One hundred and fifty years ago the new lever-action repeating rifles were too delicate to handle the stout cartridges used by the army's single shot rifles and were limited to use of smaller kind of cartridges used in revolvers. You could choose range or firepower; not both. Later, improvements in steels and design allowed repeaters to fire the full-power cartridges, and single-shot rifles ceased to be used for military purposes.
In the 1920s pistol-caliber sub-machine guns offered an analogous trade-off. You could have more firepower (rounds per minute) with a sub-machine gun, but only with a little short-range cartridges. (The recoil of a hand-held machine-gun firing a full-power rifle cartridge would be uncontrollable.) Again, you had the trade-off between power and range versus firepower.
With the shorter ranges of WWII's urban warfare, it was difficult to decide which was more useful -- a battle-rifle or a sub-machine gun. The sub-machine gun really wasn't powerful enough, but the battle-rifle was too slow and clumsy. Against Hitler's orders, a German research team produced a gun which split the difference. The power of each round fell in the middle between rifle-caliber and pistol/sub-machine gun caliber, and could be fired either one round at a time like a rifle, or in full-auto bursts. For urban warfare, this seemed to be the ideal compromise.
The AK-47 was a new design on the same principle, but sturdier, simpler to use, and cheaper to manufacture.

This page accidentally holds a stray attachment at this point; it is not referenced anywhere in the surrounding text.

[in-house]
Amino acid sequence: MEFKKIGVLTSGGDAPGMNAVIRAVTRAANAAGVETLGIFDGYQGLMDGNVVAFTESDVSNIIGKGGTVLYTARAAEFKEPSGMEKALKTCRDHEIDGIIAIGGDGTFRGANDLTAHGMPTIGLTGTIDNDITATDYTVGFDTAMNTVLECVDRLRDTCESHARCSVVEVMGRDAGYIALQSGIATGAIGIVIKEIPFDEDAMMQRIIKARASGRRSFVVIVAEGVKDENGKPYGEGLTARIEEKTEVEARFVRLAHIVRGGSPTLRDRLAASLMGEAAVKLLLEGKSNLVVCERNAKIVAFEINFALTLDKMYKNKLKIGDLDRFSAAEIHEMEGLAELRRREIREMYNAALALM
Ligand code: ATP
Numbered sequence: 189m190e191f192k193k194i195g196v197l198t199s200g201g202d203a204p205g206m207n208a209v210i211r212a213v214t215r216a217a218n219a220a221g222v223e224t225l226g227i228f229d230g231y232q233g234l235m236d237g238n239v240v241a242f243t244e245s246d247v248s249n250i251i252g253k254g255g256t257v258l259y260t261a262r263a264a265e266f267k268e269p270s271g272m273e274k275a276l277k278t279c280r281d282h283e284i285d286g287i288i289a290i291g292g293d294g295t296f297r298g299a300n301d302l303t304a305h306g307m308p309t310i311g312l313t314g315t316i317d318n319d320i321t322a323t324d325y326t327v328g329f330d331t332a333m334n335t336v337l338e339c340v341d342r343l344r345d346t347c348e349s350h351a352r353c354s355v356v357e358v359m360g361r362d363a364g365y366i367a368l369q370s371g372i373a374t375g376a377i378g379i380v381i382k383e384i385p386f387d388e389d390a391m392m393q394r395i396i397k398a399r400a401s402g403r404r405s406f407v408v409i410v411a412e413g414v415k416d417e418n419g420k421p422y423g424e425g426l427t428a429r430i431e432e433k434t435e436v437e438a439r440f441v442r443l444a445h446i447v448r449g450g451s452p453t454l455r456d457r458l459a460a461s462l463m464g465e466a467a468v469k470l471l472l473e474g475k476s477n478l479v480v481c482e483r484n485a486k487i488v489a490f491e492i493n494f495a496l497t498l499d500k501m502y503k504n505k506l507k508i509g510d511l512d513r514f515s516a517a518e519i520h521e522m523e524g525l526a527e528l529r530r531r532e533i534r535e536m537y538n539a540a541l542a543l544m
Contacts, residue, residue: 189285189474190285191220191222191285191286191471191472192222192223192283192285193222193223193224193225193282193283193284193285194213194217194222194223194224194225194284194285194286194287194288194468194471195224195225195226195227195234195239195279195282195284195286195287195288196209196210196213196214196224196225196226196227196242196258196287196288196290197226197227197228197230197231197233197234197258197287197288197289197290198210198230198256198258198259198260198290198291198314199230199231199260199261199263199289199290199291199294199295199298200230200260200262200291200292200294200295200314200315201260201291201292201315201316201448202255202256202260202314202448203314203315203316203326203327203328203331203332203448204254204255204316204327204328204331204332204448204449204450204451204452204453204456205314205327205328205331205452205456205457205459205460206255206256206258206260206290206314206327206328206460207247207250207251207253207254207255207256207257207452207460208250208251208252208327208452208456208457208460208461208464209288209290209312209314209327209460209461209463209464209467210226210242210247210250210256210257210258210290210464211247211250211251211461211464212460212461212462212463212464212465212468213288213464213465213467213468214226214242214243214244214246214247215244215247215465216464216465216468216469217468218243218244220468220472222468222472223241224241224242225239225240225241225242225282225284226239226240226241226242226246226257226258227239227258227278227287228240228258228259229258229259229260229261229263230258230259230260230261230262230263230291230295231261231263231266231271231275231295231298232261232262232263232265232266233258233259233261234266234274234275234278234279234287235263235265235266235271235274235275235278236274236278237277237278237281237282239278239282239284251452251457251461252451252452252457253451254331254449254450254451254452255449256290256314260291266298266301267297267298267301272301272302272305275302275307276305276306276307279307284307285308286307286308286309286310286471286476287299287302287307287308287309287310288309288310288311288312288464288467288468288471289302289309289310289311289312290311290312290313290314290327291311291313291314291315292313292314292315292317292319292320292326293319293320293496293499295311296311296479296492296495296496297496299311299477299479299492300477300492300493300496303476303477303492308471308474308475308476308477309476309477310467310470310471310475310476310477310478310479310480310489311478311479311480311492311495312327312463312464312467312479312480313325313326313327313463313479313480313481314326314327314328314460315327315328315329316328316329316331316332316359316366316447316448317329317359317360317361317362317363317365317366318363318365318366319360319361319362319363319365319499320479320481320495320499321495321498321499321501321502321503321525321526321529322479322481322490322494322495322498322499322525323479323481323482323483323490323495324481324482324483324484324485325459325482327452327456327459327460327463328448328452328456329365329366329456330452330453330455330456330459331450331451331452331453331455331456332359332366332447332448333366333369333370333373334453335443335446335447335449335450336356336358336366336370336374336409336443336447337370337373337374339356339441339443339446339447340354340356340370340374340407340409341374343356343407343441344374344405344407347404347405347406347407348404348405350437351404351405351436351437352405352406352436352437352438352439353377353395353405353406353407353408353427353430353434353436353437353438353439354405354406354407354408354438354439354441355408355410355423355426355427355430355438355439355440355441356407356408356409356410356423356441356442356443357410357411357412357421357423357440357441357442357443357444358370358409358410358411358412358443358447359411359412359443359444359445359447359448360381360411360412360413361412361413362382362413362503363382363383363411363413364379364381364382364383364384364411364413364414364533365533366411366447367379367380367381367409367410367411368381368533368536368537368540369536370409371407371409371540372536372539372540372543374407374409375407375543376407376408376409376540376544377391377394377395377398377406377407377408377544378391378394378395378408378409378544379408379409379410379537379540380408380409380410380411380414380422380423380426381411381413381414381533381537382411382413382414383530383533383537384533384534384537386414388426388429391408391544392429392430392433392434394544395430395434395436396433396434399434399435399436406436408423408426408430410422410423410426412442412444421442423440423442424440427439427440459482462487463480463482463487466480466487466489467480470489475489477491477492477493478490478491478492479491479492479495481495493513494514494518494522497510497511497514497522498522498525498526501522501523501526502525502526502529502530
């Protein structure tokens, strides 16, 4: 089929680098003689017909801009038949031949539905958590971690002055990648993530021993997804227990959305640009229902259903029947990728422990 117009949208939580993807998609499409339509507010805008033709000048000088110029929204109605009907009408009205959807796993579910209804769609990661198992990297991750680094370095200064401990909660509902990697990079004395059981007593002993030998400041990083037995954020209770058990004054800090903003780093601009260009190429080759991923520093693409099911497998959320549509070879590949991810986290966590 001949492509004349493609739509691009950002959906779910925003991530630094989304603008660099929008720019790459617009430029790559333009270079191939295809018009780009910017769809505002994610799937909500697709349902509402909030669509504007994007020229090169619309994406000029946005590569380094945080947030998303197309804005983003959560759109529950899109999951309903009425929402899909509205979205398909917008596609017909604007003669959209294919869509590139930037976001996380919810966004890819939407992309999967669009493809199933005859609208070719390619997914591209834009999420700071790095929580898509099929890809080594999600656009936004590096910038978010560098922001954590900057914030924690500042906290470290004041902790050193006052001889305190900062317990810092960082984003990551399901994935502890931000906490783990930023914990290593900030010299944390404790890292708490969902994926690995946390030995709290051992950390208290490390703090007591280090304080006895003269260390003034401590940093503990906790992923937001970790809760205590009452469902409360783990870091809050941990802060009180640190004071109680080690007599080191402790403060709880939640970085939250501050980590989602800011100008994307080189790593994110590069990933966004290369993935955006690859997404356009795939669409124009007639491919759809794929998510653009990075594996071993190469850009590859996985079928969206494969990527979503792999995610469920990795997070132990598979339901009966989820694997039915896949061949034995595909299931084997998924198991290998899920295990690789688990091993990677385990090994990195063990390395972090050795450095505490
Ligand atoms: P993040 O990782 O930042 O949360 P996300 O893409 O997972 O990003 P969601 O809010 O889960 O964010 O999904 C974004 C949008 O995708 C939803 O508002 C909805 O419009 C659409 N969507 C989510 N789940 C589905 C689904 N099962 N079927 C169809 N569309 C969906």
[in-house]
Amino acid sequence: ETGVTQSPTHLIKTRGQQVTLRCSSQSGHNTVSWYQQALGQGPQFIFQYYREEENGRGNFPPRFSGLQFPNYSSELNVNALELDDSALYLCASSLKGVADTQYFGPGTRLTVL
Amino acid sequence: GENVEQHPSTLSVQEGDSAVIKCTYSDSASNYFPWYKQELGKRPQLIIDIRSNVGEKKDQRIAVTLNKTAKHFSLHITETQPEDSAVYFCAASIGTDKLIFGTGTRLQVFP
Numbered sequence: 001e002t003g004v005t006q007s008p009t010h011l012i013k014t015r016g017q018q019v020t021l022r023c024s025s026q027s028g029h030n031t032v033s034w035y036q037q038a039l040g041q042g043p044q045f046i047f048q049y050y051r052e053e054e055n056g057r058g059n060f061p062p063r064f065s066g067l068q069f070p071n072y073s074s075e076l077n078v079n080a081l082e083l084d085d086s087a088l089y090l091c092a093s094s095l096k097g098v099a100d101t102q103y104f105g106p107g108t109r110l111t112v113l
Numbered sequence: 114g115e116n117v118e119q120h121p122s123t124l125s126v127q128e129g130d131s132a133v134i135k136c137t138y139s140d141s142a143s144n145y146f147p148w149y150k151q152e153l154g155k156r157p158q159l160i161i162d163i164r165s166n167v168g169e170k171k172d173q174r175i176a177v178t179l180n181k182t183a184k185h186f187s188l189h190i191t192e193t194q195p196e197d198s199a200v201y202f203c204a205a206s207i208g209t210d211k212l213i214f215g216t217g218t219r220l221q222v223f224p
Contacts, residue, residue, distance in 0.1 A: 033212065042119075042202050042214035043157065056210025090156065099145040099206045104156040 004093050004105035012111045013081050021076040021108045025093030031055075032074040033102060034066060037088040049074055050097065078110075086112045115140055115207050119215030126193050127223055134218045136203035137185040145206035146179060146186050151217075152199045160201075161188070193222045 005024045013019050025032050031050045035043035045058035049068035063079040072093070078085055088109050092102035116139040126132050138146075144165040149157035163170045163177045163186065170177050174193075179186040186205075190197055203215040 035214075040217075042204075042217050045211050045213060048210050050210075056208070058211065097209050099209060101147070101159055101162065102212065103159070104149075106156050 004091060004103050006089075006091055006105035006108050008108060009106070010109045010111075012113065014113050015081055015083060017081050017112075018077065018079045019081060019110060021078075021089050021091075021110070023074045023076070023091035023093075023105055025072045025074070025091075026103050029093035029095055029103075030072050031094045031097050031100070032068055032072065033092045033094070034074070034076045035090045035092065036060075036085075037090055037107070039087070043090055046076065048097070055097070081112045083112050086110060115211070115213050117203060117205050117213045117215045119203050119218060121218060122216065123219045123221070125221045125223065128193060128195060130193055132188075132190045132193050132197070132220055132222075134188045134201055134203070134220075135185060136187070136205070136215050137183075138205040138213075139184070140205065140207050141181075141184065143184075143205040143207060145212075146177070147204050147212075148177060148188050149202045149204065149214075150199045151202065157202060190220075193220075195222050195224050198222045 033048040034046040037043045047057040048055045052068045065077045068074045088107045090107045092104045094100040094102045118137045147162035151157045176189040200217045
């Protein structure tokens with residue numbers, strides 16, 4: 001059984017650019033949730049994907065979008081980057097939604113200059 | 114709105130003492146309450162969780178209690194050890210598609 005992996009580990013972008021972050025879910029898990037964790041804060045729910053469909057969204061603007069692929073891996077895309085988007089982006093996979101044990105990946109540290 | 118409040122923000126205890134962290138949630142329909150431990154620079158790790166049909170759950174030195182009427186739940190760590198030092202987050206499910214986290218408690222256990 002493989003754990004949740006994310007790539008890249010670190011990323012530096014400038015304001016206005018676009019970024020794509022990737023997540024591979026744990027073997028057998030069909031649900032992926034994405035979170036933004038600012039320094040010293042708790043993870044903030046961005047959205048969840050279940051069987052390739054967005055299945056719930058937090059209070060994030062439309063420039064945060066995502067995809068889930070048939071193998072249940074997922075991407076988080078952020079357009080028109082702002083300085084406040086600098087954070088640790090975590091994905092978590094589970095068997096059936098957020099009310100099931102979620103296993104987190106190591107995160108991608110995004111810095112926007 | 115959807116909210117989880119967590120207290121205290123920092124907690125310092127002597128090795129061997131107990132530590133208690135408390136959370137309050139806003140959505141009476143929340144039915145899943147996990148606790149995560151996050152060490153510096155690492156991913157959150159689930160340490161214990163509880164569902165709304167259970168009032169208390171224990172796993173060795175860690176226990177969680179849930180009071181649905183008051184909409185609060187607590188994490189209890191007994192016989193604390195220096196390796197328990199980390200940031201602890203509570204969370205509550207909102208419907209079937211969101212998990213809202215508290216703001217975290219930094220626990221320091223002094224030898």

In the U.S. it has been forbidden since 1986 to introduce any additional full-auto weapons into the market for private citizens. Enthusiasts who think the AK-47 is cool are allowed to buy a version that lacks its full-auto capability. Without that capability it is not significantly different from an ordinary hunting rifle except for being significantly weaker in power, less sensitive to neglect and abuse, with less range and not quite as accurate. Even so, its availability does provide some benefits.
Stateside experience even with the crippled, non-automatic version of the AK-47 will prepare an American soldier overseas to pick one off a dead enemy and use it when his own rifle breaks -- training that the army itself has no facility to provide. And the gun's reduced power is nevertheless quite adequate for things like protecting a store from a mob of rioting looters and arsonists. Since storekeepers don't get to plan riots, the guns's reliability in the face of neglect makes it ideal for that mission.
I am not a religious person, I do not want to get into a debate on guns kill people v/s people kill people nor am I saying the inventor chose to pass away recently. But somehow having discussions on some war tool at this time of the year does not seem right. If others also feel the same, maybe we can refrain from posting in this topic for a few days?